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January 02, 2016

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Sean Davidson

Check out this passage from Donne's _Devotions_, "Expostulation XIX": "My God, my God, thou art a direct God, may I not say a literal God, a God that wouldst be understood literally and according to the plain sense of all that thou sayest? but thou art also (Lord, I intend it to thy glory, and let no profane misinterpreter abuse it to thy diminution), thou art a figurative, a metaphorical God too; a God in whose words there is such a height of figures, such voyages, such peregrinations to fetch remote and precious metaphors, such extensions, such spreadings, such curtains of allegories, such third heavens of hyperboles, so harmonious elocutions, so retired and so reserved expressions, so commanding persuasions, so persuading commandments, such sinews even in thy milk, and such things in thy words, as all profane authors seem of the seed of the serpent that creeps, thou art the Dove that flies. O, what words but thine can express the inexpressible texture and composition of thy word, in which to one man that argument[Pg 125] that binds his faith to believe that to be the word of God, is the reverent simplicity of the word, and to another the majesty of the word; and in which two men equally pious may meet, and one wonder that all should not understand it, and the other as much that any man should. So, Lord, thou givest us the same earth to labour on and to lie in, a house and a grave of the same earth; so, Lord, thou givest us the same word for our satisfaction and for our inquisition, for our instruction and for our admiration too; for there are places that thy servants Hierom and Augustine would scarce believe (when they grew warm by mutual letters) of one another, that they understood them, and yet both Hierom and Augustine call upon persons whom they knew to be far weaker than they thought one another (old women and young maids) to read the Scriptures, without confining them to these or those places. Neither art thou thus a figurative, a metaphorical God in thy word only, but in thy works too. The style of thy works, the phrase of thine actions, is metaphorical The institution of thy whole worship in the old law was a continual allegory; types and figures overspread all, and figures flowed into figures, and poured themselves out into farther figures; circumcision carried a figure of baptism, and baptism carries a figure of that purity which we shall have in perfection in the new Jerusalem. Neither didst thou speak and work in this language only in the time of thy prophets; but since thou spokest in thy Son it is so too. How often, how much more often, doth thy Son call himself a way, and a light, and a gate, and a vine, and bread, than the Son of God, or of man? How much oftener doth he exhibit a metaphorical Christ, than a real, a literal? This hath occasioned thine ancient servants, whose delight it was to write after thy copy, to proceed the same way in their[Pg 126] expositions of the Scriptures, and in their composing both of public liturgies and of private prayers to thee, to make their accesses to thee in such a kind of language as thou wast pleased to speak to them, in a figurative, in a metaphorical language, in which manner I am bold to call the comfort which I receive now in this sickness in the indication of the concoction and maturity thereof, in certain clouds and recidences, which the physicians observe, a discovering of land from sea after a long and tempestuous voyage."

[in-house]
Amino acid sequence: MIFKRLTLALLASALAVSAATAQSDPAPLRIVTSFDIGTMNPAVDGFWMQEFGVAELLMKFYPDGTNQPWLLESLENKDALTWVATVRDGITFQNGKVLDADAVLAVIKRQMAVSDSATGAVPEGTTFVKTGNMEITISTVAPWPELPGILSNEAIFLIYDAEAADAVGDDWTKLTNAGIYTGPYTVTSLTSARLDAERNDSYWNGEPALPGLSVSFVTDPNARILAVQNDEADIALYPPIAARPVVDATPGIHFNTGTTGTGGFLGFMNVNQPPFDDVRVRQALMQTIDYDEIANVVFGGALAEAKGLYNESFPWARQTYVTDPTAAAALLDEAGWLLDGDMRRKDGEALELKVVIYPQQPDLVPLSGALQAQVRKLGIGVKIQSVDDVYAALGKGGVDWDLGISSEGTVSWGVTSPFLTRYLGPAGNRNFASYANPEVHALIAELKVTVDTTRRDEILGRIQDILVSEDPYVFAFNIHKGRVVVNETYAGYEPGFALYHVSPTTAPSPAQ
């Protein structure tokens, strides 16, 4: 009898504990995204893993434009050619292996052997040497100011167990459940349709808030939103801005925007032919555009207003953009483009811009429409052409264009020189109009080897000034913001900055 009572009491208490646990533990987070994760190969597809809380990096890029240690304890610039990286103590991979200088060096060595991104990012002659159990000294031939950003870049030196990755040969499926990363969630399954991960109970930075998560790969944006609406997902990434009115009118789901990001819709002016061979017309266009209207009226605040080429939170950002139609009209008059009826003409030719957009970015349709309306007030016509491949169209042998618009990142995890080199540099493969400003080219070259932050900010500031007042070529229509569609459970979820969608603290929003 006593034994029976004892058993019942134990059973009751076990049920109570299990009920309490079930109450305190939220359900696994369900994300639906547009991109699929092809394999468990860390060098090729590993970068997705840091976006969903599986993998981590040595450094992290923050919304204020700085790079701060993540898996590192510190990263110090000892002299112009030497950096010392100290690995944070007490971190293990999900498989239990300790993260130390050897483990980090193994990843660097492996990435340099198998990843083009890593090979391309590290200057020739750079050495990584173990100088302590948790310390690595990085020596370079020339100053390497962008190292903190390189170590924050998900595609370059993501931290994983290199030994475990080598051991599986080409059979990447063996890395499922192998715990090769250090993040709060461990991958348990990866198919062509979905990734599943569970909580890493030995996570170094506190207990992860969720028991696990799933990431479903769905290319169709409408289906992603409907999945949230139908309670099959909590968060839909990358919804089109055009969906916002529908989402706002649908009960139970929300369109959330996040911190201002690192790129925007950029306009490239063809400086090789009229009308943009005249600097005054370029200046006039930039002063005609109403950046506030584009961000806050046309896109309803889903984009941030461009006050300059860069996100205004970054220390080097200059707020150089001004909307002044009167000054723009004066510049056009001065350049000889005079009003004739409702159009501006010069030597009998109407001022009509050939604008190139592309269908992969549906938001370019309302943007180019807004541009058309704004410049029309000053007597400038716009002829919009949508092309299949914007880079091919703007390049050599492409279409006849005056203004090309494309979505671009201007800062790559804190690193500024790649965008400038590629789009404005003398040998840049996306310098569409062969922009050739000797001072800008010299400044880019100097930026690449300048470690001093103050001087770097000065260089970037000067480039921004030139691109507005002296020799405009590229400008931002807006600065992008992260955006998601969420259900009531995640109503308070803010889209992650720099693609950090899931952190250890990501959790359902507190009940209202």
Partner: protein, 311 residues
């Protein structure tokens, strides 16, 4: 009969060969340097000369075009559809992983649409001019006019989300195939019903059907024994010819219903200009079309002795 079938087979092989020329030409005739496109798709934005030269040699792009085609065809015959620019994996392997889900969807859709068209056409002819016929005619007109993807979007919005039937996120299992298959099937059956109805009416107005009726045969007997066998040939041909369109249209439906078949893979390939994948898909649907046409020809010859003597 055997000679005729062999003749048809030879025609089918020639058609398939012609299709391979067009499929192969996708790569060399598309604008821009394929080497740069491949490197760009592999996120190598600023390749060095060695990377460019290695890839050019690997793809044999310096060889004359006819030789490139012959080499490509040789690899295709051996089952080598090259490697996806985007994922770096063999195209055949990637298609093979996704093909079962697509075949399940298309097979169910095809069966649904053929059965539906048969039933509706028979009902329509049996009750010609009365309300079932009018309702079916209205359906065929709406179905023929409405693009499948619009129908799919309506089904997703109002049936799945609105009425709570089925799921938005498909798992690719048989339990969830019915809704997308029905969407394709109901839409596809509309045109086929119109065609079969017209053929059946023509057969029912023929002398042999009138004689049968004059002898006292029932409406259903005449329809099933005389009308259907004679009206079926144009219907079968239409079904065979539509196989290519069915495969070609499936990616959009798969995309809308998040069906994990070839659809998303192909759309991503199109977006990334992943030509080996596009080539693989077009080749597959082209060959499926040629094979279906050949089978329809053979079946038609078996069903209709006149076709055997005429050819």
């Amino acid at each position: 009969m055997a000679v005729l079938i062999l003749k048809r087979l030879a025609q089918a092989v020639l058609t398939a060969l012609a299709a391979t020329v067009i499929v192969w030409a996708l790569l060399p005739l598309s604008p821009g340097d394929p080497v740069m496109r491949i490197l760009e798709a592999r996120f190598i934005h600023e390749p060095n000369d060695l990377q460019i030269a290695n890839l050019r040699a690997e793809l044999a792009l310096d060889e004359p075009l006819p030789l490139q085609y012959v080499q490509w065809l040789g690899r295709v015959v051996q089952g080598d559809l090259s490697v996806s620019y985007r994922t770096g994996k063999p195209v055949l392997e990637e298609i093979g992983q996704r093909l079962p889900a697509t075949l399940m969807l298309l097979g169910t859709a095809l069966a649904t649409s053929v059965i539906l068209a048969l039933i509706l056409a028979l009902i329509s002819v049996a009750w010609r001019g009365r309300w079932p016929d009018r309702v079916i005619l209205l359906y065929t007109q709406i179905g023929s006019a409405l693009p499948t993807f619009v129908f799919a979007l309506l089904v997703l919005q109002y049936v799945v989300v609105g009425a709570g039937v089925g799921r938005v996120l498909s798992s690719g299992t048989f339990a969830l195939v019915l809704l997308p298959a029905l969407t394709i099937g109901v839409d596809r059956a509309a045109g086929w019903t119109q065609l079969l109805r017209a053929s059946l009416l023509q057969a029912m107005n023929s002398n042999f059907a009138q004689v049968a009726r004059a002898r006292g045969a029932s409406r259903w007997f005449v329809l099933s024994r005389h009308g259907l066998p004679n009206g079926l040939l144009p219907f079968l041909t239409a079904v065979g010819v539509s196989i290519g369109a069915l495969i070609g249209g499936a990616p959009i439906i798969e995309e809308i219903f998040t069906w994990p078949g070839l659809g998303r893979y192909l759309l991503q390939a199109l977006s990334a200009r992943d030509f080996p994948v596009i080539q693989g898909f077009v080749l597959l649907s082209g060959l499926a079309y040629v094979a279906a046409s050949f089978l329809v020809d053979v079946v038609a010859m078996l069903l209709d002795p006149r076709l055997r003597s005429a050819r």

There's so much much going on here. The pertinent thing for this convo is that he speaks of "God's works" in history as "metaphorical." He doesn't mean to say that these events were fictional, but that they had a metaphorical shape. So historical reality is not only one thing happening after another in linear succession. It's also one thing leading to/from another typologically, allegorically, synecdocheically, metonymically, etc. The tropes are not added to what exists. They bear the very shape of existence.

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